Dimi is a researcher at Northeastern University, in the US.
She might a bit of an outsider in the C++ community. She’s never been a real software developer. She doesn’t have clients or a product owner to satisfy so she can get away only writing proof of concepts. She has a Ph.D. in computer science, but only because she bribed her jury members with Swiss chocolate from her hometown. She worked on model checking and developed efficient data structures to generate and explore large state spaces. She then studied logics and type systems while trying to find new ways to teach computer science.
Since as long as she can remember, Dimi has always loved coding. She realized she’s not so good at writing correct programs, though, so she thought she’d better write clever compilers to do it for her. Eventually, she developed a true passion for language design with a particular focus on type-based approaches to memory safety and program optimization. Now she works on answering research questions related to these topics and writes formal proofs for a living (but has yet to prove someone else reads them).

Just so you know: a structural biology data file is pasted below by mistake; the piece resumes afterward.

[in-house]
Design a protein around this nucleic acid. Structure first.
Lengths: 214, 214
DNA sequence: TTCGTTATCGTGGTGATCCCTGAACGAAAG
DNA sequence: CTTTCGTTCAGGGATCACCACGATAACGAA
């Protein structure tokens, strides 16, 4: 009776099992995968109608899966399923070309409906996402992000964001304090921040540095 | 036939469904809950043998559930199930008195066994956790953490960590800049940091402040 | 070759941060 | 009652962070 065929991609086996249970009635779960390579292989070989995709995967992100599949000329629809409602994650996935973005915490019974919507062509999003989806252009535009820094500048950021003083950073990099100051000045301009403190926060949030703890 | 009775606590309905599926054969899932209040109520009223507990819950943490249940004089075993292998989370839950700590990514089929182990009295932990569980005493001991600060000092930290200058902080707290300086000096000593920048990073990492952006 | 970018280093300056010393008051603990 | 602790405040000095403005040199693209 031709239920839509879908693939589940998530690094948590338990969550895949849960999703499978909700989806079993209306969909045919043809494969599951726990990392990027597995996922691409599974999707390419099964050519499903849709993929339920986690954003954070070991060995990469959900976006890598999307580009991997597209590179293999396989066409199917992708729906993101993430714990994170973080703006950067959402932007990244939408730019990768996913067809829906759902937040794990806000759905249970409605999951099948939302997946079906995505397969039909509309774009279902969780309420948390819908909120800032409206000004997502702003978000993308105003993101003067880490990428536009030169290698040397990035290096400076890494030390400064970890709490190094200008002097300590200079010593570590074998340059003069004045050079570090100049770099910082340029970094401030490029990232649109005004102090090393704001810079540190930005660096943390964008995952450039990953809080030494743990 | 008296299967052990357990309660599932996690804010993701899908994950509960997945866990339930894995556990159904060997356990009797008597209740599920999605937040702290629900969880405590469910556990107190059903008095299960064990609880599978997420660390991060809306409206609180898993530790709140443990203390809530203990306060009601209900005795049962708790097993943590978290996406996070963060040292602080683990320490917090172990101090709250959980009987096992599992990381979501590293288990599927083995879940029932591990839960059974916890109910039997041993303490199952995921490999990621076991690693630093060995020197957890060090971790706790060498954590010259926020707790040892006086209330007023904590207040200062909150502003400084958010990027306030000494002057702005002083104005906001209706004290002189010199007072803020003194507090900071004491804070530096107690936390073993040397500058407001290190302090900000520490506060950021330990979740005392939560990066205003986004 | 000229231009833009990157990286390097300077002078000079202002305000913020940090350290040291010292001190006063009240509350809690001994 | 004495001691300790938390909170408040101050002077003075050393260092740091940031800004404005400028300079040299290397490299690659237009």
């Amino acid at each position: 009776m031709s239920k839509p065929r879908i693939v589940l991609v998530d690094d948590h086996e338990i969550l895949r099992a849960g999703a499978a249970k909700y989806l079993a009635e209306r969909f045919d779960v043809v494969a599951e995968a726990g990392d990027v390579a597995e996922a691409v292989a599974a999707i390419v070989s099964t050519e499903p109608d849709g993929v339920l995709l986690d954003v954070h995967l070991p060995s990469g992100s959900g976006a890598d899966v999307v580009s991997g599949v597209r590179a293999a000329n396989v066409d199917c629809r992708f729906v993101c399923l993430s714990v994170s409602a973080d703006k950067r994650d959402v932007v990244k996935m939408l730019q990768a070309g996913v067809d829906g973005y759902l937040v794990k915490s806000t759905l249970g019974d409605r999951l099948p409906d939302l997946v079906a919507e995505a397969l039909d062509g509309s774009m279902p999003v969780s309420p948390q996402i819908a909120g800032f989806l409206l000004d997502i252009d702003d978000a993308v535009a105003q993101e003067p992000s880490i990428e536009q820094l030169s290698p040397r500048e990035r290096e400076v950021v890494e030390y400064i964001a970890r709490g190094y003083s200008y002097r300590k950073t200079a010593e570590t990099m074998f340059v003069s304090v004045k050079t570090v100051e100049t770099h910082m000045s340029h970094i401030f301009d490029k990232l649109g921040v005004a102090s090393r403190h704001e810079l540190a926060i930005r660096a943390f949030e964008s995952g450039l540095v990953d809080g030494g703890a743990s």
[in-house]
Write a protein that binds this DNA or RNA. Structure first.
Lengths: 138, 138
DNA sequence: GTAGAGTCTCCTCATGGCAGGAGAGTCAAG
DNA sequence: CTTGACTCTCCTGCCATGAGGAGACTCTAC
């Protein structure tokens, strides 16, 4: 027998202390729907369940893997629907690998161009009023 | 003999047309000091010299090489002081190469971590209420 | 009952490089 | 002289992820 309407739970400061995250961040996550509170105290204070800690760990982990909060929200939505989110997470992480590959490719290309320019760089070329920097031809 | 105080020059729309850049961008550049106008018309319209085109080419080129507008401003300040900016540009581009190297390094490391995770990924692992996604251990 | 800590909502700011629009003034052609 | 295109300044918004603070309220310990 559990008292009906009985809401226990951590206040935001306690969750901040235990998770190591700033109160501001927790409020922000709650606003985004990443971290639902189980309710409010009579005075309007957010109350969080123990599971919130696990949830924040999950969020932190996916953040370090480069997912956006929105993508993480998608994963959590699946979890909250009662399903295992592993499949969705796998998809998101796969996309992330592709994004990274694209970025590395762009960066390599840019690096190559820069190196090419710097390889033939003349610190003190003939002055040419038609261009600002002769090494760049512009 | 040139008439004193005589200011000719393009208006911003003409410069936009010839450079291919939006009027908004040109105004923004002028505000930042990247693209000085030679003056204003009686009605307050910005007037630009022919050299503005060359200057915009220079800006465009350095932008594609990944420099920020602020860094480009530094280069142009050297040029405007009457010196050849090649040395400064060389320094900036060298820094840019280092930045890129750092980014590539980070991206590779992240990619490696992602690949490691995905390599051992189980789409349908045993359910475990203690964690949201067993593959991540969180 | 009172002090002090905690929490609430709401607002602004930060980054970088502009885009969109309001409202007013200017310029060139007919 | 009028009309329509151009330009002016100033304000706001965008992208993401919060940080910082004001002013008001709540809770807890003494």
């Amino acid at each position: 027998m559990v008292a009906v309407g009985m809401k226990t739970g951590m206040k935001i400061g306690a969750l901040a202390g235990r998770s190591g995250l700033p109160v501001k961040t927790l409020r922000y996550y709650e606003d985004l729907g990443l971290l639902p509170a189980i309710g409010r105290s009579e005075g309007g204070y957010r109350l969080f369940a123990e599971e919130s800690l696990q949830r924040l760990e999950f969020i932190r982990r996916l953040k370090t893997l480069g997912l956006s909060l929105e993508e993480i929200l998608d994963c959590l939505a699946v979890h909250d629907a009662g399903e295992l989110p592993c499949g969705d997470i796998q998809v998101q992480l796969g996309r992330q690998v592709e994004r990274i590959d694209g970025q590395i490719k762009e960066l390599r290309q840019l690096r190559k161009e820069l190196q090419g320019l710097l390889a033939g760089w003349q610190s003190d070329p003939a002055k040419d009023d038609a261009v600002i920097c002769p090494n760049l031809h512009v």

Dimi likes generic programming, because it looks like math, and low-level programming languages, because she loves wasting time on premature optimization. Since she’s not good enough to write C++ and thinks she’s too cool for Rust, she decided to focus her research on another programming language that fits in the middle. She says she’s “discovering” a core calculus to build a “safe by default” and “fast by definition” language that could one day interoperate with C++.